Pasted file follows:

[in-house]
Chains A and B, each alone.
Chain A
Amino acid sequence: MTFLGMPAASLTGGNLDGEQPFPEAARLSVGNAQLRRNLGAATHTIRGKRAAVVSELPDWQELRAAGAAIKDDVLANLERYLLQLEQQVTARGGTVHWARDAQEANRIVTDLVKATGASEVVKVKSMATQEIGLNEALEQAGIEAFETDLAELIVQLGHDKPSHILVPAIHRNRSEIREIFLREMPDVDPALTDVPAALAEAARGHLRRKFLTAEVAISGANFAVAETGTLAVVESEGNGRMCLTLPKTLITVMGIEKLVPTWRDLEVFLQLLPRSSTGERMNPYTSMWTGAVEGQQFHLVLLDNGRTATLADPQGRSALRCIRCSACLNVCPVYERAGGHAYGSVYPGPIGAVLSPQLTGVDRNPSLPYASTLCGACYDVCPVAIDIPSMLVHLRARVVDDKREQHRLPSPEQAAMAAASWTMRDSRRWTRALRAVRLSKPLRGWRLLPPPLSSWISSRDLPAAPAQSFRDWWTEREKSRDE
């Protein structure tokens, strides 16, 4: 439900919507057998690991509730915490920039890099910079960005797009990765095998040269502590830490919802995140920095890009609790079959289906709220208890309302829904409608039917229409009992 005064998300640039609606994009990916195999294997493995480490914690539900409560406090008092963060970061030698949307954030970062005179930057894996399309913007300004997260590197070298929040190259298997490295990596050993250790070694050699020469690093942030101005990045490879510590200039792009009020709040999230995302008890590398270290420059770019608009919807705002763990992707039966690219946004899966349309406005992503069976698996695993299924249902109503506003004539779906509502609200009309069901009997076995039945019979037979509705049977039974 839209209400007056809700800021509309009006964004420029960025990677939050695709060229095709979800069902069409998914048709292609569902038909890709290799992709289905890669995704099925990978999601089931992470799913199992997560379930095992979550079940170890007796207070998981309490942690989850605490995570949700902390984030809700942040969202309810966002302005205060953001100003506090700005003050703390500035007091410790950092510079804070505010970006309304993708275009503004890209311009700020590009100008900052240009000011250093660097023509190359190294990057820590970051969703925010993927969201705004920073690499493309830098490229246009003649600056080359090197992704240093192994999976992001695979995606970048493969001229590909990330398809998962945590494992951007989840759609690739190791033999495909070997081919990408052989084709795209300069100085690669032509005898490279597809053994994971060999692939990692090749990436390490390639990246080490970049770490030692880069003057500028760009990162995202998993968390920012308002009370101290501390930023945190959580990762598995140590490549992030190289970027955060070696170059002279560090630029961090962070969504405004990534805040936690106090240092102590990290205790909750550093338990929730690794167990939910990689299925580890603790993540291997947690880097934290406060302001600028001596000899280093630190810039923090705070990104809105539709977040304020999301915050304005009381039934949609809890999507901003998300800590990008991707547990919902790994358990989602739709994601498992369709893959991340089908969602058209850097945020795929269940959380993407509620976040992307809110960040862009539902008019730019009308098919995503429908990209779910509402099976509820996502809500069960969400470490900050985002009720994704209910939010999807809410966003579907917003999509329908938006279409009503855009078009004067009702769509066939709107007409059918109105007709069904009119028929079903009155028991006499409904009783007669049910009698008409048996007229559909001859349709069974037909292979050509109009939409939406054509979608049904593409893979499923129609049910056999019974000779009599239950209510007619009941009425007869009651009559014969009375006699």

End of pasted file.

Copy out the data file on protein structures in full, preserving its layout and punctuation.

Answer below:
[in-house]
Chains A and B, each alone.
Chain A
Amino acid sequence: MTFLGMPAASLTGGNLDGEQPFPEAARLSVGNAQLRRNLGAATHTIRGKRAAVVSELPDWQELRAAGAAIKDDVLANLERYLLQLEQQVTARGGTVHWARDAQEANRIVTDLVKATGASEVVKVKSMATQEIGLNEALEQAGIEAFETDLAELIVQLGHDKPSHILVPAIHRNRSEIREIFLREMPDVDPALTDVPAALAEAARGHLRRKFLTAEVAISGANFAVAETGTLAVVESEGNGRMCLTLPKTLITVMGIEKLVPTWRDLEVFLQLLPRSSTGERMNPYTSMWTGAVEGQQFHLVLLDNGRTATLADPQGRSALRCIRCSACLNVCPVYERAGGHAYGSVYPGPIGAVLSPQLTGVDRNPSLPYASTLCGACYDVCPVAIDIPSMLVHLRARVVDDKREQHRLPSPEQAAMAAASWTMRDSRRWTRALRAVRLSKPLRGWRLLPPPLSSWISSRDLPAAPAQSFRDWWTEREKSRDE
């Protein structure tokens, strides 16, 4: 439900919507057998690991509730915490920039890099910079960005797009990765095998040269502590830490919802995140920095890009609790079959289906709220208890309302829904409608039917229409009992 005064998300640039609606994009990916195999294997493995480490914690539900409560406090008092963060970061030698949307954030970062005179930057894996399309913007300004997260590197070298929040190259298997490295990596050993250790070694050699020469690093942030101005990045490879510590200039792009009020709040999230995302008890590398270290420059770019608009919807705002763990992707039966690219946004899966349309406005992503069976698996695993299924249902109503506003004539779906509502609200009309069901009997076995039945019979037979509705049977039974 839209209400007056809700800021509309009006964004420029960025990677939050695709060229095709979800069902069409998914048709292609569902038909890709290799992709289905890669995704099925990978999601089931992470799913199992997560379930095992979550079940170890007796207070998981309490942690989850605490995570949700902390984030809700942040969202309810966002302005205060953001100003506090700005003050703390500035007091410790950092510079804070505010970006309304993708275009503004890209311009700020590009100008900052240009000011250093660097023509190359190294990057820590970051969703925010993927969201705004920073690499493309830098490229246009003649600056080359090197992704240093192994999976992001695979995606970048493969001229590909990330398809998962945590494992951007989840759609690739190791033999495909070997081919990408052989084709795209300069100085690669032509005898490279597809053994994971060999692939990692090749990436390490390639990246080490970049770490030692880069003057500028760009990162995202998993968390920012308002009370101290501390930023945190959580990762598995140590490549992030190289970027955060070696170059002279560090630029961090962070969504405004990534805040936690106090240092102590990290205790909750550093338990929730690794167990939910990689299925580890603790993540291997947690880097934290406060302001600028001596000899280093630190810039923090705070990104809105539709977040304020999301915050304005009381039934949609809890999507901003998300800590990008991707547990919902790994358990989602739709994601498992369709893959991340089908969602058209850097945020795929269940959380993407509620976040992307809110960040862009539902008019730019009308098919995503429908990209779910509402099976509820996502809500069960969400470490900050985002009720994704209910939010999807809410966003579907917003999509329908938006279409009503855009078009004067009702769509066939709107007409059918109105007709069904009119028929079903009155028991006499409904009783007669049910009698008409048996007229559909001859349709069974037909292979050509109009939409939406054509979608049904593409893979499923129609049910056999019974000779009599239950209510007619009941009425007869009651009559014969009375006699």